Back to continue our Football 101 for newbie fans! If you missed yesterday’s post, that starts with Part 1, which you can read here. Whew, there’s so much to cover and trying to distill this down to the basics is tougher than I expected! Yesterday, we touched the very tip of the football iceberg and really, that’s all we’re going to do in this Football 101 series! My “goal” for this is to provide just a little help to new fans, and those that don’t follow the game, to prepare for Super Bowl Sunday. Yes, I know that was a sad, really bad pun, but it was low hanging fruit just there for the taking! On to Football 101, Part 2.
Let’s talk a little about the defense. It’s the job of the defensive team to stop the opposing team’s offense from scoring. The defense tries to stop both the “run” and stop the offense from making a “completed pass.” A completed pass means the quarterback throws the ball to another offensive player and the ball is caught in the field of play or in the end zone, for a touchdown. You’d THINK a completed pass would be pretty a standard thing, but it’s not. Will try to cover this a little on “Glossary” Day.
Some of the things defensive players do is tackle, “rush the passer,” which means go after the quarterback, try to “ intercept” the quarterback’s pass, try to “strip” the ball from an offensive player to create a “fumble,” which means the offensive player loses control of the ball. If the ball is fumbled, a defensive player can “recover” the ball. Defense can “sack” the quarterback. A sack is when a defensive player or players tackles the quarterback before he can make a forward pass of the ball behind the “line of scrimmage.” The line of scrimmage is the imaginary line between the offense and defense; the ball is on the line of scrimmage at the start of every play.
While defense is primarily responsible for stopping the opposing team’s offense from scoring, defense can and does score points. This happens when the defense recovers a fumble or intercepts a pass and runs the ball back to the opposing team’s end zone for a touchdown.
Defense is constantly working to keep the offense from getting the yards it needs for a 1st down. When an offense drives into the “red zone,” the defense is trying to stop the opposing team from scoring, create a “turnover” or “hold them to a field goal.” The “red zone” is the area between the 20 yard line and the goal line. The red zone isn’t marked on the field in any way, though broadcasters sometimes indicate it onscreen. When an opposing team is in the “red zone,” the probability of scoring is high. Creating a “turnover” means that the defense either intercepts the ball or causes the offense to fumble the ball and the defense recovers the ball. Holding them to a field goal means that the offense was not successful in scoring a touchdown in its four tries to do so or getting a 1st down (remember, four tries for a 1st down) and they are forced to kick a field goal.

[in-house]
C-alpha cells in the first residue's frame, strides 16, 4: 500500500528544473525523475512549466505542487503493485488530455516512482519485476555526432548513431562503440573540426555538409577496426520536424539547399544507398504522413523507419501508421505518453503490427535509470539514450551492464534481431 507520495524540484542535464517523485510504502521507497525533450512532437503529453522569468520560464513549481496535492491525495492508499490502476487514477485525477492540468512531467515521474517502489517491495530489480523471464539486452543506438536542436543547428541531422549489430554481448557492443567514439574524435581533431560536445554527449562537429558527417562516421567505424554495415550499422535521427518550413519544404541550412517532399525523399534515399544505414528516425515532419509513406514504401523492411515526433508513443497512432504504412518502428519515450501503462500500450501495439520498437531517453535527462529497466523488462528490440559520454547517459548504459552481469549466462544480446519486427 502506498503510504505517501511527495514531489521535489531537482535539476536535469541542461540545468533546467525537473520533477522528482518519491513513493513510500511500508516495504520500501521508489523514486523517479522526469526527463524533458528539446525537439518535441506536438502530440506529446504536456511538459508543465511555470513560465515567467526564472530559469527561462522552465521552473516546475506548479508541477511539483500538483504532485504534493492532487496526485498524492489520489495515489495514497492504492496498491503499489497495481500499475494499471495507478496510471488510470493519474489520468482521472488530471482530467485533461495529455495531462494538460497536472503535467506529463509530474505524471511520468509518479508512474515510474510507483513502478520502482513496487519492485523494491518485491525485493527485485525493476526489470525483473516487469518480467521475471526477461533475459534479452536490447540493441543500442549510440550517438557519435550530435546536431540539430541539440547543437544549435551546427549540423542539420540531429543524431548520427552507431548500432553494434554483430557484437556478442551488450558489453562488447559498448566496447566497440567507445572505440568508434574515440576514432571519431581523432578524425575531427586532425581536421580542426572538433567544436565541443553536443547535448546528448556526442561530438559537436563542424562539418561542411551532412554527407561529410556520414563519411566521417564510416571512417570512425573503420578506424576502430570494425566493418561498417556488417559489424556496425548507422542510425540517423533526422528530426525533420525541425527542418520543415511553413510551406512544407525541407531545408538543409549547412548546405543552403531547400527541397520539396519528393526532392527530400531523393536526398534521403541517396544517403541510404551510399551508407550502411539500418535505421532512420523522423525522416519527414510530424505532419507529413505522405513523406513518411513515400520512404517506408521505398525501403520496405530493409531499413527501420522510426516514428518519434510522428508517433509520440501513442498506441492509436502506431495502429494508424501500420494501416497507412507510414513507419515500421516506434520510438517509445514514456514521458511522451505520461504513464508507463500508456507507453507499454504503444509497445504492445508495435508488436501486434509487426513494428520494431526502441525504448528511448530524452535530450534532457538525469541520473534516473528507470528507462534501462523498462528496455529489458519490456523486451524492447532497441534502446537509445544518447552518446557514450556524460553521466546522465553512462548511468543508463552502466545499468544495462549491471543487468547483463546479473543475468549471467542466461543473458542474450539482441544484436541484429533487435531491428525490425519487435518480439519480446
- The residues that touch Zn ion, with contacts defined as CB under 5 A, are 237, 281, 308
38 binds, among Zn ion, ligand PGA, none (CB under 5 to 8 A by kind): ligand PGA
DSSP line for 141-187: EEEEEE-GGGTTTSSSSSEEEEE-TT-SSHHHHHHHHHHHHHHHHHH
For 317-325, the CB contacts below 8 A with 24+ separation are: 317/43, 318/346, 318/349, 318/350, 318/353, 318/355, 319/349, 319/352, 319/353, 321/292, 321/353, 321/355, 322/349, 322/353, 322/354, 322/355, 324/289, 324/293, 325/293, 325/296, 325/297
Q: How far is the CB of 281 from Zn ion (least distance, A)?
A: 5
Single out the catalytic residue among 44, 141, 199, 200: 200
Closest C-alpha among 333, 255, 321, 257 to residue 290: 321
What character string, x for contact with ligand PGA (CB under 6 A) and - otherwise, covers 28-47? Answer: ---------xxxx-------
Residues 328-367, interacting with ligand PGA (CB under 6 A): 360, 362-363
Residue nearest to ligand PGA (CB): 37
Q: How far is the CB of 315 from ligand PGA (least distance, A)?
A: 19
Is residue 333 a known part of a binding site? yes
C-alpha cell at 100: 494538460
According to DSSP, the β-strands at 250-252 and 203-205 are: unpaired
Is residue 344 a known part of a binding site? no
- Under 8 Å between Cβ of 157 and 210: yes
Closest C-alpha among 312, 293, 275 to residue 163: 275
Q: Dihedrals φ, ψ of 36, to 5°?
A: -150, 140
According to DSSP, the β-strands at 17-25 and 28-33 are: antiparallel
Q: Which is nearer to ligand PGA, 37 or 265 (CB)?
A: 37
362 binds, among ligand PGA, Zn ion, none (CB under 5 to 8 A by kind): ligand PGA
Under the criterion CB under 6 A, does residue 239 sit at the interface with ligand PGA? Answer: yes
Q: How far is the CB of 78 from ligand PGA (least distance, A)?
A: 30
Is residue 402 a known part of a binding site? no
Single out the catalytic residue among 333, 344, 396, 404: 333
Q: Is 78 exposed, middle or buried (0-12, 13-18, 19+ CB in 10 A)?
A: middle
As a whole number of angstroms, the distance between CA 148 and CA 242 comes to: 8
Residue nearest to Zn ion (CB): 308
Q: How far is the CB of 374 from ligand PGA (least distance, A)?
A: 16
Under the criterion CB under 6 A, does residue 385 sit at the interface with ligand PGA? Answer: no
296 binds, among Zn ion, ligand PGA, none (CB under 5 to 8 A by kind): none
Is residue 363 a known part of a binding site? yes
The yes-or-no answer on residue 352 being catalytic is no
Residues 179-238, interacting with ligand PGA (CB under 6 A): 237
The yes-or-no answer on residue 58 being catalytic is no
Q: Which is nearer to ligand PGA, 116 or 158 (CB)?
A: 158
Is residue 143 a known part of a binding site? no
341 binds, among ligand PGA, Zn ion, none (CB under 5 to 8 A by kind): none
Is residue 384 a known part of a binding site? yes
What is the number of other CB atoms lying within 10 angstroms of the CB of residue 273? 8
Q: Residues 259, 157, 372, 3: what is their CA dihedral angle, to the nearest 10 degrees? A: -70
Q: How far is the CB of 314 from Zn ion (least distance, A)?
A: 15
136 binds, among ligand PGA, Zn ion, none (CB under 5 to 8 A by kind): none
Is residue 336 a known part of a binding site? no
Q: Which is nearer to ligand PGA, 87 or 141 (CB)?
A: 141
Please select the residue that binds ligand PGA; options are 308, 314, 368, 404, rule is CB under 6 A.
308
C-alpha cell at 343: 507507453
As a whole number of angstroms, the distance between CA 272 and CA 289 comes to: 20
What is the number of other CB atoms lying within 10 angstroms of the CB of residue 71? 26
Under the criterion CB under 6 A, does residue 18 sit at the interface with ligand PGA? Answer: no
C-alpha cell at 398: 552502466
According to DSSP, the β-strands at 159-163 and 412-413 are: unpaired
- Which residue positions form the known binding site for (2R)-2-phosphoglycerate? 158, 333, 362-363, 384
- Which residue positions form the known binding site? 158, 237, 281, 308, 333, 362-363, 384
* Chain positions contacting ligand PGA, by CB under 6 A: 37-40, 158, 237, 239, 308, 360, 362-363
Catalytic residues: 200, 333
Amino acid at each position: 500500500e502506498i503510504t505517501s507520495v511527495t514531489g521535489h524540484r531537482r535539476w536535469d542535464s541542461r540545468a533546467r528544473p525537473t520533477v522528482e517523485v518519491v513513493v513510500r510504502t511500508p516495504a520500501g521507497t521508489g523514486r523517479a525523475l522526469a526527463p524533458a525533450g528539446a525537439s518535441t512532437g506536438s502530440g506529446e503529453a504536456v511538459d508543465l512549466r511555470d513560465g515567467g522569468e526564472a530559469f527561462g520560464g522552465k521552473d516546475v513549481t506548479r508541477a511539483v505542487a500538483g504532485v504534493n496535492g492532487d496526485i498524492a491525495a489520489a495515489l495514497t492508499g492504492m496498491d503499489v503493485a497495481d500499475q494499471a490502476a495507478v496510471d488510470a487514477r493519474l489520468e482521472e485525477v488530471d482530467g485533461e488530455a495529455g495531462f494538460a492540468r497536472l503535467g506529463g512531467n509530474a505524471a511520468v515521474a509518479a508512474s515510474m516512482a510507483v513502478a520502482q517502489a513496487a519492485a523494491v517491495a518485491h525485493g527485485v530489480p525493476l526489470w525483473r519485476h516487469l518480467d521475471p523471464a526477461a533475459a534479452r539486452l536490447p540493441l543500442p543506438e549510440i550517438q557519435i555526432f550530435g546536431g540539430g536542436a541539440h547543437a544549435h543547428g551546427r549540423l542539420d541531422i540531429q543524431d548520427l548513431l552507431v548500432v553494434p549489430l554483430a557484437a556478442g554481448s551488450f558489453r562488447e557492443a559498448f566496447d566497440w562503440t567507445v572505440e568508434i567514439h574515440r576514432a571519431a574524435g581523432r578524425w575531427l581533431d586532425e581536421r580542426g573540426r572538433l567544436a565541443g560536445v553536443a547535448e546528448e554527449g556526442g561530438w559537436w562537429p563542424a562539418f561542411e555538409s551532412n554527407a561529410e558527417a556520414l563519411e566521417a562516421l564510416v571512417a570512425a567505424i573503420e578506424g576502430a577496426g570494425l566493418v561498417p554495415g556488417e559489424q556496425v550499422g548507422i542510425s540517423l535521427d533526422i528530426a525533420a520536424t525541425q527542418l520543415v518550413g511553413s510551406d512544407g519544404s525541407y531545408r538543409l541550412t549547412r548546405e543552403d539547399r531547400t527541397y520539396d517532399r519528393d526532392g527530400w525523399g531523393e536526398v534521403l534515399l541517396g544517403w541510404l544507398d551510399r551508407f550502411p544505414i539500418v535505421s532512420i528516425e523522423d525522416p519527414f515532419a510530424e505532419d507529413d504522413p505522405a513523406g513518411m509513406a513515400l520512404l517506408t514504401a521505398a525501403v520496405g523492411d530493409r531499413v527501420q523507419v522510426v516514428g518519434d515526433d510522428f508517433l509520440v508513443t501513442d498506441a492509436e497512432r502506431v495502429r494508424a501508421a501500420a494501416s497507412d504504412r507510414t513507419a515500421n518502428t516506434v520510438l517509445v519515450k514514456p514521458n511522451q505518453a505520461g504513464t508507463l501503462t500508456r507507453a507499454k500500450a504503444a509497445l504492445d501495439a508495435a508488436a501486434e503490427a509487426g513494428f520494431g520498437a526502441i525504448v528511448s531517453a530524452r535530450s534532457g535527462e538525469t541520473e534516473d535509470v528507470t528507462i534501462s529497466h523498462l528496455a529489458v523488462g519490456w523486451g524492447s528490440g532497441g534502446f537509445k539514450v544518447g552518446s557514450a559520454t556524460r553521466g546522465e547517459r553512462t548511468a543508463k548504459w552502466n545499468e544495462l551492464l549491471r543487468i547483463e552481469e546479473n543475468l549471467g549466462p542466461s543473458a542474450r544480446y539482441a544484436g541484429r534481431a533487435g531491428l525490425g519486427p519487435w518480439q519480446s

This is probably a good time to talk about the ways a team can score points. They can score a touchdown, by either running or passing the ball into the end zone, which is 6 points. After a touchdown, a team has a chance to kick the ball through the “uprights” or goalposts for an extra point. If a team successfully kicks a “field goal” through the uprights, they score 3 points. After a touchdown, a team sometimes will try for a “2 point conversion.” This means that instead of kicking the ball through the uprights for an extra point, the quarterback will either pass the ball or an offensive player will run the ball into the end zone for 2 extra points. The 2-point conversion attempt starts at the 2-yard line. The defensive team can also score 2 points with a “safety.” This gets a little complicated to explain, but just so you’re familiar with the term, an example is when the offensive player with the ball gets tackled in his own end zone or on certain offensive penalties.
After a team scores a touchdown, a 2-point conversion or a field goal, the team that just scored again kicks off the ball to the opposing team. If a field goal is missed, the opposing team gets the ball at the spot of the attempted kick, if the kick was attempted beyond the 25-yard line. If the attempted field goal kick is missed inside of the 25-yard line, the offense gets the ball at the 25-yard line.
You’ll hear a lot about managing the clock, running down the clock and similar phrases. This is especially important in games where the score is very close in the fourth quarter. A team that is leading will try to use all of its allotted time for every play in an effort to take as much time as possible off the clock before the opposing team gets the ball back. The score can literally change in a matter of seconds!
One last thing to share is about overtime. If a game ends in a tie, the game goes into overtime. Game announcers typically always share the overtime rules, though here’s a quick overview. There’s another coin toss to determine which team gets the ball first on offense. If the team that has the ball first scores a touchdown, the game is over. If the team who has the ball first scores a field goal, the game continues; the opposing team gets the ball and a chance to score a touchdown. If the opposing team scores a touchdown, they win and the game is over. If they score a field goal, the game remains tied and continues. If neither team scores on its first possession in overtime, the first team to score, either a touchdown, field goal or safety, wins and the game is over. Overtime continues in 15-minute quarters until there is a winner. That’s why sometimes you’ll hear a game was won in “double-overtime.”
Tomorrow is “Glossary Day,” where we’ll cover a some penalties and other terms you’ll probably hear during Sunday’s game. I would love to hear if this has been helpful! As always, thank you SO much for stopping by!
5 days until Super Bowl Sunday!